GRAND JUNCTION, COLORADO--If you go by the number of churches and Christian radio stations here, you come to Grand Junction knowing that Jesus Christ is this town's Lord and Savior--end of story. Even so the Ramada Inn on Horizon Drive took me surprise. On the bed table, there was a message from "Management and Staff," in toto, that went like this:
To Our Guests
In ancient times there was a prayer for
"The Stranger within our gates."
Because this hotel is a human institution to
serve people, we hope that God will grant you
peace and rest while you are under our roof.
May this room and hotel be your 'second'
home. May those that you love be near you in
thoughts and dreams. Even though we may not
get to know you, we hope that you will be
comfortable and happy as if you were in your
May the business that brought you our way
prosper. May every call you make and ever
message you receive add to your joy. When you
leave, may your journey be safe.
We are all travelers. From "birth till death"
we travel between the eternities. May these
days be pleasant for you, profitable for society,
helpful for those you meet, and a joy to those
who know and love you best.
Now I've done enough gotcha journalism in my day to know that I had "Management and Staff" cold. Who were they to make the assumption that God and I were on the same page? This bedside note was an obvious intrusion and I knew exactly how to turn it into a nice little blog: by calling Ramada corporate, getting a flack to decry and deny the practice, and then go along on my jolly elitist way--after pointing the finger at the loonies in Boonetown.
I knew right away that would not be right. I knew it because someone--maybe more than one person--had given this some real thought to this and had managed to bring the management of an airport hotel into alignment with not one but two eternities on a single page.
I also appreciated the repetitive "May those that you love... May the business that brought you our way... May your journey be safe." There was something soothing and prayerful about that, maybe because the writer, like "The Stranger," was writing a prayer for modern times. And I could not help but notice the seamless weaving of God with faith in business.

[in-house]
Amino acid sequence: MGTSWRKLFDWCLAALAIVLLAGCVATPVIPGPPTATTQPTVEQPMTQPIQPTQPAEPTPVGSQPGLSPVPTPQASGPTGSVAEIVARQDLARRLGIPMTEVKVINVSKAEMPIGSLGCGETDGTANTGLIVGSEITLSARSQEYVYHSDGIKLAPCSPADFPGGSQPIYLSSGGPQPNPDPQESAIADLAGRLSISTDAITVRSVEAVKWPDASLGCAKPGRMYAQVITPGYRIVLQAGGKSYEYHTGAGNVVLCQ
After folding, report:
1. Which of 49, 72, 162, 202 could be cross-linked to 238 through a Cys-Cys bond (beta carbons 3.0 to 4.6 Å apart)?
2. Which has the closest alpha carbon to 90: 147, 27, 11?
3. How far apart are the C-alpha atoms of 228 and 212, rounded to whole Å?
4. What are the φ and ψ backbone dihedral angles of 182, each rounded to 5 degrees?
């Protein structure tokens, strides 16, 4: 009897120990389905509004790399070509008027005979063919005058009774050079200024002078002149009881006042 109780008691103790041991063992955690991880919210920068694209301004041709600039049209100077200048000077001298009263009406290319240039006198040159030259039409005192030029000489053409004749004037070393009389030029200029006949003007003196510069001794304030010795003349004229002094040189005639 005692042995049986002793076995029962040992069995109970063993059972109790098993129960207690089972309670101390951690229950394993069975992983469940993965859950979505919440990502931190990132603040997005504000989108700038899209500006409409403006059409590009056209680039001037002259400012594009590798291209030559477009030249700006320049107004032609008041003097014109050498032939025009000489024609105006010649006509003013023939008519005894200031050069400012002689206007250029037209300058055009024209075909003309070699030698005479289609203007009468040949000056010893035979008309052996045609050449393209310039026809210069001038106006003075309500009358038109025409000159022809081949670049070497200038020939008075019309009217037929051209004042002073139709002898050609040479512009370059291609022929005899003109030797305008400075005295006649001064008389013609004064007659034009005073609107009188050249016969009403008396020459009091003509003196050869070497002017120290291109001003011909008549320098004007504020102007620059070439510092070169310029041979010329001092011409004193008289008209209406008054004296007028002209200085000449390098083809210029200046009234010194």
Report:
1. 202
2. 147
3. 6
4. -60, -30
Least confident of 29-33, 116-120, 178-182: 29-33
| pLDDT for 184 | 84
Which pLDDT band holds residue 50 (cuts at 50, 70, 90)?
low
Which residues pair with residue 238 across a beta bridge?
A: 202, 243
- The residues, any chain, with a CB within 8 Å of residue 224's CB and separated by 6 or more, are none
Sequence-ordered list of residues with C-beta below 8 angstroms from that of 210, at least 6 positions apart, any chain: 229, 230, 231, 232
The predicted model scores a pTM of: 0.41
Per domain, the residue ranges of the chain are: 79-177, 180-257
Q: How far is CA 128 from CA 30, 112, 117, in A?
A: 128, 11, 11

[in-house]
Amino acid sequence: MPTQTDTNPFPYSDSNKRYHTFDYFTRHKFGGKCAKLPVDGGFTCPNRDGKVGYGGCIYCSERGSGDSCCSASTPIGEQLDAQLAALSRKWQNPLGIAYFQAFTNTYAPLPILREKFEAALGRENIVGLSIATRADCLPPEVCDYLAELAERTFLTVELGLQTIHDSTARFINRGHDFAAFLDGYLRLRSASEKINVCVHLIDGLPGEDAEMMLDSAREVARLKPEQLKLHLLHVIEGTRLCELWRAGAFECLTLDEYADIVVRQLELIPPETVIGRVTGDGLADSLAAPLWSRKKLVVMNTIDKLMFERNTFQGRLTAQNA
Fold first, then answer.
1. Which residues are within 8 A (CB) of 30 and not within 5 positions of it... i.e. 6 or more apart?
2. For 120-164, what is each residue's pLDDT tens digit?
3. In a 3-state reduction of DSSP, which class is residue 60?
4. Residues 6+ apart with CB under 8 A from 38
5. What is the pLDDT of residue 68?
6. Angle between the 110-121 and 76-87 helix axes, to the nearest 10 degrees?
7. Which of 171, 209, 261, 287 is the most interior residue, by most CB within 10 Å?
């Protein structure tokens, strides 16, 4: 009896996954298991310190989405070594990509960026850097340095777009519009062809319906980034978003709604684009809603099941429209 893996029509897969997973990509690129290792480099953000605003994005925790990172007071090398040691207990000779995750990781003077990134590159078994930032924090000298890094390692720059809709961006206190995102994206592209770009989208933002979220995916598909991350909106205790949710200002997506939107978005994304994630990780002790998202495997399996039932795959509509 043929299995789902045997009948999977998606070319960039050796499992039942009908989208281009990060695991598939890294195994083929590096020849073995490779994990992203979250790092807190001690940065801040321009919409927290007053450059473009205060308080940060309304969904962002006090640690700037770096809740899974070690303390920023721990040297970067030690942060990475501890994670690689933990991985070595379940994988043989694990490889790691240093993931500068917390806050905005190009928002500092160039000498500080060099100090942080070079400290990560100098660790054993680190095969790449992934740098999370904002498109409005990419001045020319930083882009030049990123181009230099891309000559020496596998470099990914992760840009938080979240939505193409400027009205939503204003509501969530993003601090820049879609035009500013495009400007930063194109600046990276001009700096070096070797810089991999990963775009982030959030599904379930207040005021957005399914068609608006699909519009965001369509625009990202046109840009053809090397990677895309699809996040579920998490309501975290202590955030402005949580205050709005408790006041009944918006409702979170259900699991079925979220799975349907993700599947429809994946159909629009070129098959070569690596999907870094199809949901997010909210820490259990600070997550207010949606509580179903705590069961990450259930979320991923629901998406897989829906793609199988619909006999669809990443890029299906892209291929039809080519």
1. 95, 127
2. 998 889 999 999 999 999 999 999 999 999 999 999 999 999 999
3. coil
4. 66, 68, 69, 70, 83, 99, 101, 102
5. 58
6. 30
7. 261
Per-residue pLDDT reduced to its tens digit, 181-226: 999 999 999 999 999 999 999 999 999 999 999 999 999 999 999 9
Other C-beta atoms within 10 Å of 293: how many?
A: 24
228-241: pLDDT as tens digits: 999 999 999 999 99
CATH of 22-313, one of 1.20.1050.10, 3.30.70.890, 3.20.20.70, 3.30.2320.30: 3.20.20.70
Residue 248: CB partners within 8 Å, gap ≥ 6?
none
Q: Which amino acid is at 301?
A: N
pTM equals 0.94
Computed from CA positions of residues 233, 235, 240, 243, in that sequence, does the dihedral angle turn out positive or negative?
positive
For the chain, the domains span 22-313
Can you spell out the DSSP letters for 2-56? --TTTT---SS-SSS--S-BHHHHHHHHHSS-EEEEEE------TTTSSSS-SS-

Was this a whisper of Joel Osteen? Permission to prosper, O Lord? Now that's my kind of God.
I stopped at the Denny's on Horizon for an early Grand Slam before heading home after dropping off the wife at the airport in the wee hours. The two Debbies were on the overlapping portion of their shift and the one told me that she was "on the grave." She came around from behind the counter and sat with a regular who knew how to nip at her heels just for fun. The Grand Slam was so big that neither Debbie could find a takeout box big enough to hold the wheat pancakes dripping with butter, a big ole pat.
In the car I turned on "Compassion Radio" and heard a learned discussion of freedom of religion in Argentina as a basic human right--followed by the inevitable pitch for money--and then a preacher who came on and made a very convincing case for these being the "last days" based on the great disparity of wealth predicted by the Holy Bible.
No, I would not be making fun of the God-fearing religious people of Grand Junction, Colorado, by turning their faith into target practice. In my way, I would be making a little plug for the Ramada Inn with the bedside God so close at hand, where they even take dogs for $10 a day. How much closer to God can you get?
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